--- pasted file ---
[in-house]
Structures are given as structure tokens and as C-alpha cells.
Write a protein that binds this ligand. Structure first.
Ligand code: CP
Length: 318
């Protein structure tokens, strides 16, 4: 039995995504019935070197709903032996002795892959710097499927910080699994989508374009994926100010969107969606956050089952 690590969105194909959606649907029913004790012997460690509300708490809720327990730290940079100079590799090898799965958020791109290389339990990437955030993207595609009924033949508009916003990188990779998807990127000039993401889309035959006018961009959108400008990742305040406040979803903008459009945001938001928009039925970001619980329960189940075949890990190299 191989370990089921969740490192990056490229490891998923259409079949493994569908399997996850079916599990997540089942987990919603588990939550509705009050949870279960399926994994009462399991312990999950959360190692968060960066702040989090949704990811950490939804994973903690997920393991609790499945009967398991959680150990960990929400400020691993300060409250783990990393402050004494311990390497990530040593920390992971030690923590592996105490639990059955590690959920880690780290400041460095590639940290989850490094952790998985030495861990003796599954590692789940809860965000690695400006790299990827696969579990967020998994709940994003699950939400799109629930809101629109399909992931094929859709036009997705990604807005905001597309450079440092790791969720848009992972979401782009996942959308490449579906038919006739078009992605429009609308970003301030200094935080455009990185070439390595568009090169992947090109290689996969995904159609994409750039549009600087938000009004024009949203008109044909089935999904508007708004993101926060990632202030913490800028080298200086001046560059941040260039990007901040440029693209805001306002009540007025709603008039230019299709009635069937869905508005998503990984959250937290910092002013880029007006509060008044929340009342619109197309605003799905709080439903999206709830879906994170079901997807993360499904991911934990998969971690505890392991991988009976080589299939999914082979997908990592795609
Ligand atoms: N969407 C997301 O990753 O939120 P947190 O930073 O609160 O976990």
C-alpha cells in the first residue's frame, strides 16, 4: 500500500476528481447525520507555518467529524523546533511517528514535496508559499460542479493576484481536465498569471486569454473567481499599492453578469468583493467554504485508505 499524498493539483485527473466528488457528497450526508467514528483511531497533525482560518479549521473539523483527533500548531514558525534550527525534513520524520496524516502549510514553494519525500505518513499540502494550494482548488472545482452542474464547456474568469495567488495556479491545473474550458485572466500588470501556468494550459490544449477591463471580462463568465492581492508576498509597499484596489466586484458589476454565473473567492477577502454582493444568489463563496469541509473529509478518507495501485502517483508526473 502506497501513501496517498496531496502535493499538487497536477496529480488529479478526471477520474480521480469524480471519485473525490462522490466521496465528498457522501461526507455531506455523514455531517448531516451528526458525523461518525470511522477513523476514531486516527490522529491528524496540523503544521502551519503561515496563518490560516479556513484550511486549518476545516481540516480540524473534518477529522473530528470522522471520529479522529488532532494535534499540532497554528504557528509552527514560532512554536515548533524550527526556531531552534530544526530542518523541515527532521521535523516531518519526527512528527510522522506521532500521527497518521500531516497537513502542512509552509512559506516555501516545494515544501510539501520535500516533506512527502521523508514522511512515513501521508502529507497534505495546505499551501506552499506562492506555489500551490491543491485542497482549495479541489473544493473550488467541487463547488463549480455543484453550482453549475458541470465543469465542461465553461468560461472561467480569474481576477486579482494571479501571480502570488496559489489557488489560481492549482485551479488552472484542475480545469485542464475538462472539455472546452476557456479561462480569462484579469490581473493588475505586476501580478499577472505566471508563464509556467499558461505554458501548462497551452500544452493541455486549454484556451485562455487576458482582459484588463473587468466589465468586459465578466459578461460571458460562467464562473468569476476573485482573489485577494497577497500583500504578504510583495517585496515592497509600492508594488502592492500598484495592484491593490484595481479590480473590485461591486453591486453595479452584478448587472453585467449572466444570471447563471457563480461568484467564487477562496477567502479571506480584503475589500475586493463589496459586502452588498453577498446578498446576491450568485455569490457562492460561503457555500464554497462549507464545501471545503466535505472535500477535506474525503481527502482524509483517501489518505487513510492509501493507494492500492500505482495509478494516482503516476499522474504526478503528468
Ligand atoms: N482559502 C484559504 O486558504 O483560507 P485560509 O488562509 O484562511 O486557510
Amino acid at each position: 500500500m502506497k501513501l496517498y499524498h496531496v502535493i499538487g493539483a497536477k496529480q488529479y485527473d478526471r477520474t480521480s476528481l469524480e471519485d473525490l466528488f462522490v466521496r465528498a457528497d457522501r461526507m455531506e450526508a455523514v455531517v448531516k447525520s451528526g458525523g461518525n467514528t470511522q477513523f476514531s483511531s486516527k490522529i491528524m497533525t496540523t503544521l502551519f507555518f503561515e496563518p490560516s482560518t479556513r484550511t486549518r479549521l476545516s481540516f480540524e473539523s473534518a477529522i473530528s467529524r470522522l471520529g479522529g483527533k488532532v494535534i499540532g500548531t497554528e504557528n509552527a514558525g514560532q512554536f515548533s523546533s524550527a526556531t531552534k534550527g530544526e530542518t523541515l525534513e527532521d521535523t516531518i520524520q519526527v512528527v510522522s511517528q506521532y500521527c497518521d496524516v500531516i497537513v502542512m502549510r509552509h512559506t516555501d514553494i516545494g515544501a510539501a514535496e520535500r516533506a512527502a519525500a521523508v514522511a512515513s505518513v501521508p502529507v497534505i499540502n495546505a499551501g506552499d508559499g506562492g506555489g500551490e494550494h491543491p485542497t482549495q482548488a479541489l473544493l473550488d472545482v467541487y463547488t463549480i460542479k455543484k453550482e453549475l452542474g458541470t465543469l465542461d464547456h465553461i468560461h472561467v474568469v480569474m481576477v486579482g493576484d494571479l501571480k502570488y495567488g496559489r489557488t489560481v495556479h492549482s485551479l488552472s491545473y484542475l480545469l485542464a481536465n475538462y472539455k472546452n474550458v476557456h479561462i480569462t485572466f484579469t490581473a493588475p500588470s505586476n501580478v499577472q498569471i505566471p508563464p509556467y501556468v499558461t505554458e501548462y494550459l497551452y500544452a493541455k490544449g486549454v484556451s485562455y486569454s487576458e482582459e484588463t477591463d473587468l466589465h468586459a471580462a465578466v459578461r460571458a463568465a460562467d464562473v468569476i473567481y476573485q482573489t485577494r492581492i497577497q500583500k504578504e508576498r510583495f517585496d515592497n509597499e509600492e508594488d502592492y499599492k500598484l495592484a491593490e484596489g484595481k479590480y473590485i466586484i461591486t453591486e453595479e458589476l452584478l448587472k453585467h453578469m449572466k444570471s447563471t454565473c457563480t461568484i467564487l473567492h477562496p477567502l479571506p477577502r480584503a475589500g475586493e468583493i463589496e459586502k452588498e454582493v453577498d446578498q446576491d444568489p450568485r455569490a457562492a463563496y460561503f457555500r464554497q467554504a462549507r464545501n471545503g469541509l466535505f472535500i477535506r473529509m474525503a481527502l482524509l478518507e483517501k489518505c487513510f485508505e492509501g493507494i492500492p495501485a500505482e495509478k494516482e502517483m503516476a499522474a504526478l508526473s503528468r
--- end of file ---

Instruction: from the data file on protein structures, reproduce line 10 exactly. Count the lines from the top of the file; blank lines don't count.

Amino acid at each position: 500500500m502506497k501513501l496517498y499524498h496531496v502535493i499538487g493539483a497536477k496529480q488529479y485527473d478526471r477520474t480521480s476528481l469524480e471519485d473525490l466528488f462522490v466521496r465528498a457528497d457522501r461526507m455531506e450526508a455523514v455531517v448531516k447525520s451528526g458525523g461518525n467514528t470511522q477513523f476514531s483511531s486516527k490522529i491528524m497533525t496540523t503544521l502551519f507555518f503561515e496563518p490560516s482560518t479556513r484550511t486549518r479549521l476545516s481540516f480540524e473539523s473534518a477529522i473530528s467529524r470522522l471520529g479522529g483527533k488532532v494535534i499540532g500548531t497554528e504557528n509552527a514558525g514560532q512554536f515548533s523546533s524550527a526556531t531552534k534550527g530544526e530542518t523541515l525534513e527532521d521535523t516531518i520524520q519526527v512528527v510522522s511517528q506521532y500521527c497518521d496524516v500531516i497537513v502542512m502549510r509552509h512559506t516555501d514553494i516545494g515544501a510539501a514535496e520535500r516533506a512527502a519525500a521523508v514522511a512515513s505518513v501521508p502529507v497534505i499540502n495546505a499551501g506552499d508559499g506562492g506555489g500551490e494550494h491543491p485542497t482549495q482548488a479541489l473544493l473550488d472545482v467541487y463547488t463549480i460542479k455543484k453550482e453549475l452542474g458541470t465543469l465542461d464547456h465553461i468560461h472561467v474568469v480569474m481576477v486579482g493576484d494571479l501571480k502570488y495567488g496559489r489557488t489560481v495556479h492549482s485551479l488552472s491545473y484542475l480545469l485542464a481536465n475538462y472539455k472546452n474550458v476557456h479561462i480569462t485572466f484579469t490581473a493588475p500588470s505586476n501580478v499577472q498569471i505566471p508563464p509556467y501556468v499558461t505554458e501548462y494550459l497551452y500544452a493541455k490544449g486549454v484556451s485562455y486569454s487576458e482582459e484588463t477591463d473587468l466589465h468586459a471580462a465578466v459578461r460571458a463568465a460562467d464562473v468569476i473567481y476573485q482573489t485577494r492581492i497577497q500583500k504578504e508576498r510583495f517585496d515592497n509597499e509600492e508594488d502592492y499599492k500598484l495592484a491593490e484596489g484595481k479590480y473590485i466586484i461591486t453591486e453595479e458589476l452584478l448587472k453585467h453578469m449572466k444570471s447563471t454565473c457563480t461568484i467564487l473567492h477562496p477567502l479571506p477577502r480584503a475589500g475586493e468583493i463589496e459586502k452588498e454582493v453577498d446578498q446576491d444568489p450568485r455569490a457562492a463563496y460561503f457555500r464554497q467554504a462549507r464545501n471545503g469541509l466535505f472535500i477535506r473529509m474525503a481527502l482524509l478518507e483517501k489518505c487513510f485508505e492509501g493507494i492500492p495501485a500505482e495509478k494516482e502517483m503516476a499522474a504526478l508526473s503528468r